Thousands have been stranded at Iceland’s Keflavík International Airport due to bad weather.
Travelers describe ‘otherworldly’ conditions, lack of food and water, and no way to reach hotels.
Caroline Rose, who eventually returned to DC, also spotted actor Damian Lewis in the crowd.
Thousands of people have been stranded at Iceland’s Keflavík International Airport due to bad weather, and have taken to social media to commiserate, sharing photos of “otherworldly” airport conditions during the December holiday travel rush.
Caroline Rose, a 26-year-old researcher at the New Lines Institute, a Washington-based think tank, shared some photos on Twitter, including a selfie with “Billions” actor Damian Lewis, 51.
Via Twitter DM, Rose described the experience as a “total nightmare” to Insider, saying she asked Lewis, who appeared to be waiting with her children, for a photo: “Thought I’d ask for a selfie for some kind of positive memory. at night,” Rose explained. “He was incredibly kind!” Representatives for Lewis did not immediately respond to Insider’s request for comment.
Rose, who had flown from Heathrow to Keflavík on Saturday, described her flight being delayed “every few minutes or so, citing extreme weather on the ground” but, after calling Icelandair to make “alternative arrangements”, she told him Insider was told to stay on the flight, which eventually left London and landed in Keflavik.
Rose described fellow travelers who arrived in Keflavík on Saturday night to find “otherworldly” conditions, saying that “all the restaurants closed and the vending machines were practically ransacked.”
“Many of us were hungry and had to search for whatever food we could find after the airline only gave us cereal bars to eat while we waited on the tarmac,” Rose said, alluding to a two-hour delay she experienced waiting on the tarmac. clue. to disembark.
As the number of stranded travelers increased, available hotel rooms dwindled rapidly.
A TikToker, who said in a December 21TikTok who had landed in Iceland for a one-hour layover and has since been stranded for four days, described the “swarm” of passengers finding hotels at the same time. According to NBC Newsmany nearby hotels were already full for the weekend.
While airlines like icelandair Y easyJet offered passengers hotel accommodations and refunds, even those lucky enough to book hotel stays weren’t necessarily able to get to the beds they had paid to sleep in. Rose, who said that she booked a hotel room while she was still on the track, was one such traveler.
“There were no taxis or buses that could take us to nearby hotels or to Reykjavik,” he explained, “so I had to pay the cost of my hotel reservation for the night (I was not reimbursed) and sleep on the airport floor together with hundreds of others.”
Travelers trying to pick up visitors from the airport also shared unsuccessful attempts in “dangerous drive” to retrieve visitors from the airport in Decembre 19thincluding a woman whose mother was eventually escorted out by a “mountain rescue boy.”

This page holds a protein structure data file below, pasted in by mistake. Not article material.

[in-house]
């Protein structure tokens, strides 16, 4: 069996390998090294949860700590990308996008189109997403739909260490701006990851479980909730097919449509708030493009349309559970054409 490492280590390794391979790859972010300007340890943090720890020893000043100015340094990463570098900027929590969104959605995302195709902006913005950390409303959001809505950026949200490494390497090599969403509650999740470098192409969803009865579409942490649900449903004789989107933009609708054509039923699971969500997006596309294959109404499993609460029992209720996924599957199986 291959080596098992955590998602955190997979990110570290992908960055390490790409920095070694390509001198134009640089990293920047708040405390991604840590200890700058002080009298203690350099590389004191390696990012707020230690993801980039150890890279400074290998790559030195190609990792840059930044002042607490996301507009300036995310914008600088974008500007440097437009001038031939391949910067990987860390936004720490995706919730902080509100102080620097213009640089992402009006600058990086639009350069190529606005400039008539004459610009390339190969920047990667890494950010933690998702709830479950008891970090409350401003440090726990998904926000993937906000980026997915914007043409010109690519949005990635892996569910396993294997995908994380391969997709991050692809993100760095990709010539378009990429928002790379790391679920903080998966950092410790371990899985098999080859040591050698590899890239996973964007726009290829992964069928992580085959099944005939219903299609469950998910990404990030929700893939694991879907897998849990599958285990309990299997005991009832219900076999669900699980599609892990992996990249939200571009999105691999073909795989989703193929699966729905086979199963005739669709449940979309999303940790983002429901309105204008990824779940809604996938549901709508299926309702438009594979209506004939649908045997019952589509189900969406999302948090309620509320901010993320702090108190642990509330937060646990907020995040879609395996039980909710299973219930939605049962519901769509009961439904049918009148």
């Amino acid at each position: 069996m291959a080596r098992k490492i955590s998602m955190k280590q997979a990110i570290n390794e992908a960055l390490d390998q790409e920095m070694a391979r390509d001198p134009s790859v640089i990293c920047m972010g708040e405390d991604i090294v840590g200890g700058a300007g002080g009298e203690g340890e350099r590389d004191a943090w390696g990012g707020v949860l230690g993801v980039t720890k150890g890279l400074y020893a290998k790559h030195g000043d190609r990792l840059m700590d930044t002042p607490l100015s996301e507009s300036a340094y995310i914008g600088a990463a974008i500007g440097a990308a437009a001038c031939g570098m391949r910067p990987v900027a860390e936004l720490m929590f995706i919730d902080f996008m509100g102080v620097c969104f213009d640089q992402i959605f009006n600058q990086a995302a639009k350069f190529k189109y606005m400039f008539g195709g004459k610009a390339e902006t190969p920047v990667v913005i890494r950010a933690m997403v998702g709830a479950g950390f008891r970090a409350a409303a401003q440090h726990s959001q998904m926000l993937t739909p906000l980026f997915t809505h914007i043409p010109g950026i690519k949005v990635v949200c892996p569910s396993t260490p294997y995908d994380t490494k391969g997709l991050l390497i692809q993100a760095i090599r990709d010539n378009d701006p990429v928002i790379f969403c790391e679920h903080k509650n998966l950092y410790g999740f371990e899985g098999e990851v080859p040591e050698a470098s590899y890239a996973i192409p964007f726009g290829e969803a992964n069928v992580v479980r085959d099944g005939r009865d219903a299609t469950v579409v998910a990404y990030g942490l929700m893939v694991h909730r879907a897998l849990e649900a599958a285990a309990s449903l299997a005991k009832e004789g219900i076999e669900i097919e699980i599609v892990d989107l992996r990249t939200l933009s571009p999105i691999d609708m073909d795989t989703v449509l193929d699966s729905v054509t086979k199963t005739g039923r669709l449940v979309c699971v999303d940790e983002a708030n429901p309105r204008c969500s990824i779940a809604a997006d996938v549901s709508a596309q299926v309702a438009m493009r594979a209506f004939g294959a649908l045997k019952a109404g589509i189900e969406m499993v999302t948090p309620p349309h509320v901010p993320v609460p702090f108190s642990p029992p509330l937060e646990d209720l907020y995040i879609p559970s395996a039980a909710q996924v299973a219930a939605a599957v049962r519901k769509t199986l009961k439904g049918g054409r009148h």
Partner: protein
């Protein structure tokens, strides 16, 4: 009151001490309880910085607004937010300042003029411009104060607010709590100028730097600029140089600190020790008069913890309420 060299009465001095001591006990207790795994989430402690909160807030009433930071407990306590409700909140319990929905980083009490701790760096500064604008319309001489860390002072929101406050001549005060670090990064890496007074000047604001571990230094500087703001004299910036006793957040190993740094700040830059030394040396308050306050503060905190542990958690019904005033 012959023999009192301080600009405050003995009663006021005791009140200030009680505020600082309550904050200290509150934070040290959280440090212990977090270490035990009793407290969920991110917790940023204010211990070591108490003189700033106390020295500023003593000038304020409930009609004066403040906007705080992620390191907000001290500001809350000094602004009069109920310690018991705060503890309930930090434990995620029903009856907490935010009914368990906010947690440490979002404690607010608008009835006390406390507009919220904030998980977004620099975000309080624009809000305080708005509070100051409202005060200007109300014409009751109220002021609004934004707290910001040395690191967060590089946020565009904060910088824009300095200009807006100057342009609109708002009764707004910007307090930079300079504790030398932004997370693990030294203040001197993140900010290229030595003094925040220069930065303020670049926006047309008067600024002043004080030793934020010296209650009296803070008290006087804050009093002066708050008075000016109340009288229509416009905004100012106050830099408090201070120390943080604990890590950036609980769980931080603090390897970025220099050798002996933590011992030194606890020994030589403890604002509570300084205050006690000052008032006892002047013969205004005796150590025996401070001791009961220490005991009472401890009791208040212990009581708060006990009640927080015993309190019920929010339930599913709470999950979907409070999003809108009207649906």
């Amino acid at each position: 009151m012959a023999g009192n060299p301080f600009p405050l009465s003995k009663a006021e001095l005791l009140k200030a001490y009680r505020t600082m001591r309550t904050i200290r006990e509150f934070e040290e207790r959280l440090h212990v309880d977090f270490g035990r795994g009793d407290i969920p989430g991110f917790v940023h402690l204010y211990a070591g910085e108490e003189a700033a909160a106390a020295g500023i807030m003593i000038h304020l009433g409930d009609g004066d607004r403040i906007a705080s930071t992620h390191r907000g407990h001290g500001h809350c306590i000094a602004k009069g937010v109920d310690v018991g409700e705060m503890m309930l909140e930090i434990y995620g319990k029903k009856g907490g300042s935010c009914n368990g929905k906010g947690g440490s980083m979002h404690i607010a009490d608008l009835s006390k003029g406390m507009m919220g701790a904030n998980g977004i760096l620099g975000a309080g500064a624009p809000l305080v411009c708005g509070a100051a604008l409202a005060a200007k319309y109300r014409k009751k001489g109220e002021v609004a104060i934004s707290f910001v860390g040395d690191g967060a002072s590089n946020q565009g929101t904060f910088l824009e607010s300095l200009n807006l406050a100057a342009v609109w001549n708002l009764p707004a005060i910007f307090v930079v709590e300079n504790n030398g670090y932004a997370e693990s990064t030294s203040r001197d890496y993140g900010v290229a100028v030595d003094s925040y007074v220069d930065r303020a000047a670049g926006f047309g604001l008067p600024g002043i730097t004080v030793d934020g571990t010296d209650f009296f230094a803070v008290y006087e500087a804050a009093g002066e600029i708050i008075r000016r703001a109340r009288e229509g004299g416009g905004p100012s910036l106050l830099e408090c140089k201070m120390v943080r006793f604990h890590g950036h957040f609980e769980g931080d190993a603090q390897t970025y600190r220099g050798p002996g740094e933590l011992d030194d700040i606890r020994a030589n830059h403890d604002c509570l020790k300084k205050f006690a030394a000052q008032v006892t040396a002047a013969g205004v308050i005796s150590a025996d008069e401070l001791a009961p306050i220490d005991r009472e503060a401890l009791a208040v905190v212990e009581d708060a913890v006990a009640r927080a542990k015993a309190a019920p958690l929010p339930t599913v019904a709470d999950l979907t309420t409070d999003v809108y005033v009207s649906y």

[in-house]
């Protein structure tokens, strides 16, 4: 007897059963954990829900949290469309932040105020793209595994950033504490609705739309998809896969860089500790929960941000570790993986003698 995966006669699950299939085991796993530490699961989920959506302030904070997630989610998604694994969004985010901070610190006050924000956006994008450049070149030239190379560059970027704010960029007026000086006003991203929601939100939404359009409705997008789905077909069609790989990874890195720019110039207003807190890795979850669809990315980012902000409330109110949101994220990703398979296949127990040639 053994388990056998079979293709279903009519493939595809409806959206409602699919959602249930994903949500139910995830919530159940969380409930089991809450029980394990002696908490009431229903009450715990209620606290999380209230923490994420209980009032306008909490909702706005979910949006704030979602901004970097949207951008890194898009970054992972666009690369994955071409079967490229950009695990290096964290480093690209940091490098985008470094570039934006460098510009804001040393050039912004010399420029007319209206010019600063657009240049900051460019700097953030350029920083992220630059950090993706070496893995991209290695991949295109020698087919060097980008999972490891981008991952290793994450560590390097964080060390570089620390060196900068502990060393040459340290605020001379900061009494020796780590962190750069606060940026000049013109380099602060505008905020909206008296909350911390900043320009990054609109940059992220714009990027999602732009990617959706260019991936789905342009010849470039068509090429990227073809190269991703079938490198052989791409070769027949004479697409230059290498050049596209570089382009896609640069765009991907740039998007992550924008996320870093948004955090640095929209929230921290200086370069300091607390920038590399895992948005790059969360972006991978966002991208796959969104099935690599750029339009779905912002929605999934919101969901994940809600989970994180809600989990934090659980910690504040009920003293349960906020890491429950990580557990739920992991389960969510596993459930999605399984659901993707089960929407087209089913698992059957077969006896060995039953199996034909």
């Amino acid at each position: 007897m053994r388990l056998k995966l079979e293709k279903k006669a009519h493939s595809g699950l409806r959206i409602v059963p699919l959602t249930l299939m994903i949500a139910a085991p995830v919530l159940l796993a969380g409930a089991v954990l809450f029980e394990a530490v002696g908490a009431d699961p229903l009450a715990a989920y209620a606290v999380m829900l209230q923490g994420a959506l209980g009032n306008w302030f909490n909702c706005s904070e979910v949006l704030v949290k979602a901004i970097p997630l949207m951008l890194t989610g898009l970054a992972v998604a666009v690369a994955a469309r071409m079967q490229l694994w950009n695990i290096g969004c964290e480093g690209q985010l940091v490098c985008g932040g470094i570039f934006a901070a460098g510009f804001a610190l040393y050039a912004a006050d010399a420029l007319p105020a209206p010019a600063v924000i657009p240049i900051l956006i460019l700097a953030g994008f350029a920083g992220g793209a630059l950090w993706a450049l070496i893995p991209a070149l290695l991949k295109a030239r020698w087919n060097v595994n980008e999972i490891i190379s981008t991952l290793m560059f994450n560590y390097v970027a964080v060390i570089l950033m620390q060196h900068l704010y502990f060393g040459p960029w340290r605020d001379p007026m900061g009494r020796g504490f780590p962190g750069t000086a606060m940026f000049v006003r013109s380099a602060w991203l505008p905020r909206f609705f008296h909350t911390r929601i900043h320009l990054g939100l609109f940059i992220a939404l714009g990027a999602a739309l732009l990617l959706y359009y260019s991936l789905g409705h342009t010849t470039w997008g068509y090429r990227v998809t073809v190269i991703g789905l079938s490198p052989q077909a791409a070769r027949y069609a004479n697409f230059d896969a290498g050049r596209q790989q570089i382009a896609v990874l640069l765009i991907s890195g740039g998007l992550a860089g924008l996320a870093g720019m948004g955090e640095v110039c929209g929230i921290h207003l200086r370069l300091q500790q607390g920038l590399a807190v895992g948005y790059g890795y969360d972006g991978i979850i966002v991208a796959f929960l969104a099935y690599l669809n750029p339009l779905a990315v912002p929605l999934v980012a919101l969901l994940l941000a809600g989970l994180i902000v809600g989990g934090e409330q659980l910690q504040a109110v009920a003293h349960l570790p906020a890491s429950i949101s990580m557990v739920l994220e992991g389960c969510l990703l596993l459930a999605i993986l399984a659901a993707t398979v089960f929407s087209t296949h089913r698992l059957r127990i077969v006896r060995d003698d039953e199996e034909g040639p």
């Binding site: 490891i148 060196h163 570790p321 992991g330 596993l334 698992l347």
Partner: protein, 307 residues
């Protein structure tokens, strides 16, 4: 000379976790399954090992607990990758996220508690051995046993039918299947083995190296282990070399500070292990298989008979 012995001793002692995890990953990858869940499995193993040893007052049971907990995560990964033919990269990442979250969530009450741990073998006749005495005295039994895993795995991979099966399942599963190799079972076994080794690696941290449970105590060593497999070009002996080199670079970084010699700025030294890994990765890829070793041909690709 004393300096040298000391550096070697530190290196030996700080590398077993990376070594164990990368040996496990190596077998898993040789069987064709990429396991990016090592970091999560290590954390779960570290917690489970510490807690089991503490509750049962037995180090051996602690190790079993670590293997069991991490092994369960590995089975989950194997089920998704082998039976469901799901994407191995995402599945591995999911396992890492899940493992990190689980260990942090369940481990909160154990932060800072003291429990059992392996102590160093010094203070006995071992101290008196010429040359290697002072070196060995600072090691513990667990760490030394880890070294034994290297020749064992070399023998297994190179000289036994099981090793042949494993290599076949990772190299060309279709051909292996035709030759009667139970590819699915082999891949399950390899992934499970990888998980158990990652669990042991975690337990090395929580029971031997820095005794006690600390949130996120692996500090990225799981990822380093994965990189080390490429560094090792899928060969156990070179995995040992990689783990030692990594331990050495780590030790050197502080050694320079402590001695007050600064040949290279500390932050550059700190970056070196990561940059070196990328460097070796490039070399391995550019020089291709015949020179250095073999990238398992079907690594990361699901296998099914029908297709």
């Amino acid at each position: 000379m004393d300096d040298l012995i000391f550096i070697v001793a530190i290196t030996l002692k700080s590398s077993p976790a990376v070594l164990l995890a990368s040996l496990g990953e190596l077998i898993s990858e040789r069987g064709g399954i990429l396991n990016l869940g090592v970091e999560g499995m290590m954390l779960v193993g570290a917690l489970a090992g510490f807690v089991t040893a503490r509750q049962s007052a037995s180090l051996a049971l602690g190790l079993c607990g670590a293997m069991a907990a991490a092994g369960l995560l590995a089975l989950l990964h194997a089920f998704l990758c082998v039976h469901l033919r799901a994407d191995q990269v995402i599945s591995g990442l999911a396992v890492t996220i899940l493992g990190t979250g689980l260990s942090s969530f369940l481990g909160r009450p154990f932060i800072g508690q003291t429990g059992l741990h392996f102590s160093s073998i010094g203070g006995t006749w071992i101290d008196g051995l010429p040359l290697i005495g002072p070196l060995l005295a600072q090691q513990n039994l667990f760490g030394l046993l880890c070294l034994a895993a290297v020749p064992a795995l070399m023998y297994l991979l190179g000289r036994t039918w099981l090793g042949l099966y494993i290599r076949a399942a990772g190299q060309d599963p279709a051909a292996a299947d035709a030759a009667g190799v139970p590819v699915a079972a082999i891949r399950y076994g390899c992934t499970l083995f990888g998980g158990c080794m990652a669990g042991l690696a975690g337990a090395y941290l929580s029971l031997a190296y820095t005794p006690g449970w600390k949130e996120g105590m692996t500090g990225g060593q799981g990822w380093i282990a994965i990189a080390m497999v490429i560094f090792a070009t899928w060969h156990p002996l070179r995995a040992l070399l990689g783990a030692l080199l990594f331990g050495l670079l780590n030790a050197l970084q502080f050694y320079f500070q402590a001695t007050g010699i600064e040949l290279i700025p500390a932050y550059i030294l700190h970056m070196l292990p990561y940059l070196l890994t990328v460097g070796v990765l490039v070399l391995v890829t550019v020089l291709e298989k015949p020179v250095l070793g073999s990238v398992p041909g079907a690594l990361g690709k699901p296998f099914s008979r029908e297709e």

Rose described travelers sleeping in the checked baggage belt and on top of luggage, as well as organizing “camp-like circles” with strangers on the ground to share snacks they had with them.
“It was heartbreaking to see parents try to put young children to sleep,” Rose said. “The airport was very cold.”
Around midnight, as rebookings began to affect passenger accounts, Rose described frustratingly convoluted or impossible routes: She recalled a traveler being placed on a Thursday-departing flight (by then, it was Sunday morning). and another that he would have to return to London and change airports during an hour layover.
“I had to fly to Amsterdam, where they transferred me in less than 15 minutes to my flight back home to DC,” said Rose, who eventually returned to Washington. “I did it by the skin of my teeth.” Unfortunately, Icleandair lost her checked baggage, she said.
A crucial 30-mile highway connecting Keflavík to Reykjavík was cleared of snow on Tuesday and flights from the airport have resumed, albeit with delays. according to a statement from Icelandair.
“Our team has worked tirelessly throughout the night to rebook passengers onto new flights, and they will continue to do so today.” Icelandair said in an update on Wednesday morning. “Our absolute priority is to get passengers where they need to be before Christmas.”
But passengers remain frustrated by the experience and by the way the airlines handled the chaos.
Ryan Stevens, another London traveler, lost €1,500 after paying for three nights in a hotel and two extra booked flights, according to a report from Insider’s Rebecca Cohenno information about refund.
“I’m lucky, I didn’t go to the airport. I’m not stuck there. But I don’t know what to do.” Stevens previously told Insider. “No one can blame the airlines for cancellations, but aftercare of such an event needs to be better managed. I’m stuck. I have no idea what the next step is. No support at all.”
Rose felt the same.
“I find it hard to understand why Icelandair irresponsibly decided (and continued) to send passengers to Keflavík when it knew only too well that the weather conditions were so dangerous that they would prevent people from getting anywhere warm to sleep, eat and drink.” ,” she said.
Icleandair did not immediately respond to Insider’s request for comment.
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